This focus on identity and mexicanidad takes on further, different forms. Rufino Tamayo’s playful Portrait of María Izquierdo (1932) depicts the artist with very dark skin yet also as a modern cosmopolitan woman, while Siqueiros’s Self-Portrait (1921) harkens back to a more classical style of portraiture. The most successful grouping, however, was one that focused on highlighting the identity of the individual amid the many portrayals of the collective. Manuel Rodríguez Lozano’s canvas Girls in Profile (1929), on loan from the Museo de Aguascalientes, hung next to Roberto Montenegro’s painting Maya Women (1926), while a stone sculpture of a female head by an unknown artist sat on a pedestal in front of the two paintings. All works featured women in profile or frontally, their faces and bodies detailed and chiseled perfectly. Although these women are unnamed, the artists have depicted each one with singular features, a nod to the importance of recognizing difference even when the exercise is to unite the nation through a shared modern identity that traces back to an indigenous past.
To represent the muralist movement, the curators took advantage of innovations in exhibition design. First, Siqueiros’s Portrait of the Bourgeoisie (1939–40) was reproduced in true scale in an immense, three-paneled model that replicated the original, which is painted on the walls of a stairwell in the Electrical Workers Union building (SME) in Mexico City. The complicated history of the mural commission and the efforts made by the embattled SME to keep it intact through restorations was, however, not addressed in the wall label or the accompanying video. Behind this model, Orozco’s mural commission for Dartmouth College’s Baker Library, The Epic of American Civilization (1932–34) is projected onto a massive wall and illustrated in touchscreens with detailed explanatory texts that elucidate the narrative associations Orozco developed within it. It was unfortunate that some of the mural sketches were not displayed in the galleries at the MFAH, as they were in other venues. Lastly, Rivera’s Ballad of the Proletarian Revolution (1928–29) at the Ministry of Public Education in Mexico City, was projected on a wall and recreated in an interactive digital application with a bilingual interface equally entertaining and informative to children and adults.
Photographs by Manuel Álvarez Bravo, Tina Modotti, and Henri Cartier-Bresson represent the formal, poetic, and technical approaches developed in the medium. However, two photographs by Emilio Amero, mostly known as a printmaker, are a rarity in the group. While the selection of photographs was rich and visually provocative, they were not highlighted enough in the galleries, which shared the same space as the mural projections. The same can be said of the two sections devoted to printmaking, cartoons, magazines, and other forms of visual propaganda, crucial to understanding the visual culture of the period. Arranged on the exterior walls of the galleries, they received little attention, and seemed like addenda to the exhibition. The positive aspect of their placement was that they framed the exhibition historically. At the entrance, an array of prints and newspapers from the 1910s to the early 1930s included a selection of covers from El Ahuizote where Orozco published cartoons of political satire. Another selection positioned at the end of the exhibition focused on works produced during the late 1930s to the mid-1940s, addressing topics such as labor union struggles, antifascist messages, and the work still to be done to educate the masses plagued by illiteracy. A significant contribution to the exhibition in Houston were two interactive screens showcasing relevant documents from the International Center for the Arts of the Americas, or ICAA, the research institute of the Latin American Art Department at the MFAH, founded and headed by Mari Carmen Ramírez, the museum’s Wortham Curator of Latin American Art.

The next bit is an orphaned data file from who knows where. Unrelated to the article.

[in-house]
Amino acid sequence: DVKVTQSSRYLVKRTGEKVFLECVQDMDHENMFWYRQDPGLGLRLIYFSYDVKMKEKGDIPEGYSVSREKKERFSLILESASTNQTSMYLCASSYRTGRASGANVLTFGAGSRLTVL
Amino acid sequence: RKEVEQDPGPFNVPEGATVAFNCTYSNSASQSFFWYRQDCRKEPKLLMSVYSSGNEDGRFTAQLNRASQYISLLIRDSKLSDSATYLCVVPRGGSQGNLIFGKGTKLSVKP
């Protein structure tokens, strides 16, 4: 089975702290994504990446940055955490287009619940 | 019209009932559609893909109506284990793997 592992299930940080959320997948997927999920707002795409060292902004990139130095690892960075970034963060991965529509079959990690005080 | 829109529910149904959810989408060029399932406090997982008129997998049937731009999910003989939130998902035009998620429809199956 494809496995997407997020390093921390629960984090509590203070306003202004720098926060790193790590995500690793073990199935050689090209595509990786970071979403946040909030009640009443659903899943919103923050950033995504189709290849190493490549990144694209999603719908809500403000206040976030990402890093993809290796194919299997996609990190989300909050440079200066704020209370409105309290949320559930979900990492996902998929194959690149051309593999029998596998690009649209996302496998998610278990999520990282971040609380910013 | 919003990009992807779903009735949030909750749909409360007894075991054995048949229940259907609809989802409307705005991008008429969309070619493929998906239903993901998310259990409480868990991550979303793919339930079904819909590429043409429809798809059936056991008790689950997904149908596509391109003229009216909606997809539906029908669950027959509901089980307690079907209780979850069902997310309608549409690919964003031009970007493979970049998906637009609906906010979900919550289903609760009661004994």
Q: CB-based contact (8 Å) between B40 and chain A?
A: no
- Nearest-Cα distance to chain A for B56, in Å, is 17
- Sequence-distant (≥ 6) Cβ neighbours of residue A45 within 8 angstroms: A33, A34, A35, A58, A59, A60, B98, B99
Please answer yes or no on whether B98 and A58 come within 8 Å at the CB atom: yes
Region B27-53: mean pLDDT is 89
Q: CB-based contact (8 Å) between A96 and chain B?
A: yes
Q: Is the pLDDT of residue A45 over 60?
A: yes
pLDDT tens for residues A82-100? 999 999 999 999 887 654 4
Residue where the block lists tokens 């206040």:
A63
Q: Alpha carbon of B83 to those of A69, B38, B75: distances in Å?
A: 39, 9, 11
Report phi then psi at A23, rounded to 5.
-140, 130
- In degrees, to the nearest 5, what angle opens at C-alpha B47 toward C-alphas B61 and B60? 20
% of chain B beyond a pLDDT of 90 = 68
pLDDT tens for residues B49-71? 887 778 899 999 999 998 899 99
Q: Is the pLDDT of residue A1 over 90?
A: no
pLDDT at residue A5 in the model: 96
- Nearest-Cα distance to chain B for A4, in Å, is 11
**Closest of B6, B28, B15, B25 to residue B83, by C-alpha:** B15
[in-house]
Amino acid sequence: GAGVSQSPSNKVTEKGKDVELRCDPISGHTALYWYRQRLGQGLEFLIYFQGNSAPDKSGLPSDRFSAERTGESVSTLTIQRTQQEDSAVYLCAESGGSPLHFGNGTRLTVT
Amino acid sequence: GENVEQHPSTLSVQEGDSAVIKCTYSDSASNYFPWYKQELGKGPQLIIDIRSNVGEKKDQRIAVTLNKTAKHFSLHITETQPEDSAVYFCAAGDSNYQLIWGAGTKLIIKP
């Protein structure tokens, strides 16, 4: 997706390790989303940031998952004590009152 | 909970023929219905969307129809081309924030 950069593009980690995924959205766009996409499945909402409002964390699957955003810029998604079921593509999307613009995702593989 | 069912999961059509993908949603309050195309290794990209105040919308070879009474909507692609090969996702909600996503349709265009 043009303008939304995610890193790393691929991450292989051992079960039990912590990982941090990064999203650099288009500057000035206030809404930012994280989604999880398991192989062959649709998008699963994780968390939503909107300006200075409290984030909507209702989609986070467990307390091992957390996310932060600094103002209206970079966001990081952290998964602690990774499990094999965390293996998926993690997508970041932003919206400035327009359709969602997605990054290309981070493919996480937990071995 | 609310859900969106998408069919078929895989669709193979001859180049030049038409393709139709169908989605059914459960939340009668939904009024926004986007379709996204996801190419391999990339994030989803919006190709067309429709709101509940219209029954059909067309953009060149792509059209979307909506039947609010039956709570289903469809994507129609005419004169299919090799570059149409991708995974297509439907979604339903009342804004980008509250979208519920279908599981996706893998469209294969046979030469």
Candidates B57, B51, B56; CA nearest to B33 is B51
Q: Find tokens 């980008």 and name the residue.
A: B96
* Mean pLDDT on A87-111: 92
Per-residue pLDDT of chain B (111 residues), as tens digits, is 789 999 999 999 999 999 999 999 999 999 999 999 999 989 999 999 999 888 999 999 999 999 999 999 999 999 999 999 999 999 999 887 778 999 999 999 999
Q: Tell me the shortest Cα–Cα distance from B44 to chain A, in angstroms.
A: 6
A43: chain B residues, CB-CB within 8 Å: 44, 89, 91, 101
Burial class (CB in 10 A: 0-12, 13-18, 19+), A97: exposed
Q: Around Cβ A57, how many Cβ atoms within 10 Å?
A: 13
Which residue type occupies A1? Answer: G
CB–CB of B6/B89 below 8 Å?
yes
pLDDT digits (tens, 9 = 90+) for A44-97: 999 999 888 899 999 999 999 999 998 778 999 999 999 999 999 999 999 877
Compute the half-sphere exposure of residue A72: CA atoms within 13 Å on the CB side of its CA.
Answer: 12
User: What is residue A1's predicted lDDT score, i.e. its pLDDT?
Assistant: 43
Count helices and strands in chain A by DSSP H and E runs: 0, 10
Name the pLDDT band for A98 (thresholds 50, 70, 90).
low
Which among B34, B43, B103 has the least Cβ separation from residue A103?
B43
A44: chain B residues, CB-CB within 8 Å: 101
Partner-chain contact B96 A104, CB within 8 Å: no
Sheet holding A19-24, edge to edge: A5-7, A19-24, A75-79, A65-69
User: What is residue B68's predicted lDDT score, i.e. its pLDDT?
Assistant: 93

Overall, Paint the Revolution offered ample opportunity for viewers to explore the evolution and diversity of the artistic production of Mexico’s modern period. Even when the exhibition lacked an innovative curatorial approach, the selection was notable and it was evident that an effort was made to include rarely seen works from smaller museums in Mexico such as Rivera’s Still life with Bottle of Anise (1918) from the Museo Casa Diego Rivera in Guanajuato. The exhibition catalogue reflects the thematic organization in the galleries and offers fourteen discerning essays by experts in the field, including some from a younger generation of scholars of Mexican art such as Daniel Garza Usabiaga and Dafne Cruz Porchini. In bringing together multifaceted portrayals of Mexican identity in art and the political activism that defined this era of cultural production, this exhibition was an important lesson in today’s climate of political intolerance in the Americas. In Houston, a rapidly expanding city with one of the most significant Hispanic populations in the country, this message is as urgent as ever. Fittingly, the exhibition’s title is at once a look back and a call to action for contemporary art historians and artists to become active viewers and cultural producers.